What is adenomyosis?

Adenomyosis is a condition of the uterus. Where the inner lining of the uterus breaks through the muscle wall.

Basically, the uterus has several layers. The innermost layer lines the uterine cavity. This is the endometrium. This is the part that will shed each month when a woman has a period. The next layer – going outwards is the myometrium. The outermost layer is a thin covering called the serosa.

Adenomyosis occurs when tissue that lines the uterus grows into the muscular wall. This tissue then continues to act as normal. Breaking down and bleeding as it would during each menstrual cycle. It is a long-term condition that can affect your daily routine. The symptoms will stop when the menopause starts.

It can be local, restricted to one area of the uterus or can affect the uterus as a whole. It is not contagious and is not cancerous.

Adenomyosis symptoms
Around a third of women show no symptoms at all and the condition quite often goes unnoticed. Those that suffer symptoms feel them at different times during the menstrual cycle. Before your period you may experience discomfort or a ‘heavy’ feeling in the pelvis. Quite often accompanied by bloating and abdominal pressure.

During periods it can cause heavy menstrual bleeding. This can last longer than it has before. You may also suffer from severe menstrual cramps. Less common, pain during sex or when going to the toilet.

What causes it?
We do not know the exact cause for why Adenomyosis occurs. One current theory is that the womb lining tries to heal itself after injury. The re-growth happens inward instead of outward. It is likely that hormones, immune system and your genetic make up may also play a part.

Other studies suggest hormones can trigger the condition. Such as estrogen, progesterone and prolactin. At the moment, there is no known way to prevent it. It is not down to anything you have done in the past, so you should not worry that you have done anything to cause it.

Imaging technology have made it possible to recognise Adenomyosis without surgery. Using MRI and ultrasound doctors can now see the characteristics in the uterus.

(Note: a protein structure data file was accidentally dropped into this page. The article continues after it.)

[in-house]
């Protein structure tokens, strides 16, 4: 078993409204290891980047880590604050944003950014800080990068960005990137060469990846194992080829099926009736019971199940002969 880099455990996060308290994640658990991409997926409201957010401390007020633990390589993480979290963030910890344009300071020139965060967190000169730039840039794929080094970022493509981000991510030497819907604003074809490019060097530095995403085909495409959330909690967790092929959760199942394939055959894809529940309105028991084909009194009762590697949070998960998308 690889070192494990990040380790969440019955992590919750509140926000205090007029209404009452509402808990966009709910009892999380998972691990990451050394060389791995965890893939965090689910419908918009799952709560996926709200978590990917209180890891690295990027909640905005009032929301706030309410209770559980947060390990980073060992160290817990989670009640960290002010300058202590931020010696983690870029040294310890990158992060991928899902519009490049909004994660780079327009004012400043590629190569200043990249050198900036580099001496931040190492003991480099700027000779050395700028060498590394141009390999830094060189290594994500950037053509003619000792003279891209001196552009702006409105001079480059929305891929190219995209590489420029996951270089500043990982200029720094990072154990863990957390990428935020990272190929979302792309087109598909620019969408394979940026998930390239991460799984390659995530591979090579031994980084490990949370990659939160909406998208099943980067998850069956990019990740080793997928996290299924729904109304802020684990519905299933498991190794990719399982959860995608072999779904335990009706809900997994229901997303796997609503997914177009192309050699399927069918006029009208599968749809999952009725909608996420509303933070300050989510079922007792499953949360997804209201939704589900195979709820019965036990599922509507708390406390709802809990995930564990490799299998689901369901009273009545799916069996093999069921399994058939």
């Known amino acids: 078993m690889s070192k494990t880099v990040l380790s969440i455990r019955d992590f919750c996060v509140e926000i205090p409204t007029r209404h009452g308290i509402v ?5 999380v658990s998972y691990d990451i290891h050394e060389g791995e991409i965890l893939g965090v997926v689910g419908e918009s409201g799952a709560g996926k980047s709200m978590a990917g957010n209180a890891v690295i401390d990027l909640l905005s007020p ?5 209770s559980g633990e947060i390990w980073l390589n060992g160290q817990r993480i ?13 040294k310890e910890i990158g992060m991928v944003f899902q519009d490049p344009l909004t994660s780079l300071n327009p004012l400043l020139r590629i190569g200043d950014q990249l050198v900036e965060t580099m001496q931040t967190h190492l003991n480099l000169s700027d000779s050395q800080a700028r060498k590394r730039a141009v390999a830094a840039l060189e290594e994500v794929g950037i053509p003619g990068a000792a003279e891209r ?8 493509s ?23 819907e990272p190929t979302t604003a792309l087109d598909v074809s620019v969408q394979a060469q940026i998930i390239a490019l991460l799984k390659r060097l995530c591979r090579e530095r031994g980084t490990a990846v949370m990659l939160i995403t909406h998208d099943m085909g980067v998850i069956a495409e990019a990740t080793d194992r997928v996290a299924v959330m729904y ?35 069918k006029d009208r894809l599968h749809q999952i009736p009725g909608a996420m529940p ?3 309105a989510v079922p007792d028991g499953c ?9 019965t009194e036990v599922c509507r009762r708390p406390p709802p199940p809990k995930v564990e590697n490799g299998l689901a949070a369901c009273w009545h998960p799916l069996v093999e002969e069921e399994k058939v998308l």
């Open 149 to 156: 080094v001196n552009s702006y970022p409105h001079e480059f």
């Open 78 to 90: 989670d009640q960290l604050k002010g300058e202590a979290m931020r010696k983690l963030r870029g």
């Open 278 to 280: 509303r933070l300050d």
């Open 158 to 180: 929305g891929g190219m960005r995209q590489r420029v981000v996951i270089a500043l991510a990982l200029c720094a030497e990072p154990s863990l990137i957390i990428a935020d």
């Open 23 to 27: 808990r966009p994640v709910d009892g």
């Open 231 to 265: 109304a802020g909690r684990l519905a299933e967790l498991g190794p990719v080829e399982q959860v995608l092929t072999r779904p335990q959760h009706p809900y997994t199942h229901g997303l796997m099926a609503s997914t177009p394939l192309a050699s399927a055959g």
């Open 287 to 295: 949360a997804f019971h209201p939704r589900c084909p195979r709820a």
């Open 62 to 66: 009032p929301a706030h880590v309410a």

An initial pelvic examination can reveal a tender and enlarged uterus. A transvaginal ultrasound shows the muscular wall and the lining of the uterus. Although not definitive, these tests help rule out other conditions with similar symptoms. An MRI is often used for diagnosis when the symptoms include heavy bleeding.

The treatment will depend on several factors. The symptoms you show and how severe they are. How old you are and how close to the menopause you are. Whether you are actively trying to become pregnant.

Often over the counter pain medication is enough to manage the symptoms. If symptoms are mild, or if you are trying for a baby. The same goes if you are close to menopause where the symptoms will go away on their own.

For heavy or painful periods, you can use non-hormone and hormone treatments. If you want to preserve your fertility, uterine artery embolisation is an option. Tiny particles are injected into your blood vessels through a catheter in the groin. The particles cut off the supply of blood to the adenomyosis. This is less invasive but symptoms can recur in the future.

How does adenomyosis affect fertility?
It is difficult to tell what part it plays in fertility issues. It does not seem to decrease the chance of getting pregnant. But, it’s thought to increase the risk of miscarriage or premature delivery. Many women also suffer from endometriosis at the same time. This is a well-known cause of infertility. This makes it difficult to determine which condition is as fault.

Adenomyosis and IVF
It can have an effect on a successful IVF implantation. The condition it’s thought to interfere with the IVF process. It can disrupt the embryo implanting in the cells of the endometrium.

To find out more about Adenomyosis and the testing and treatment options available to you, get in touch and arrange a consultation.

Further reading:
Adenomyosis Advice Association

Adenomyosis and IVF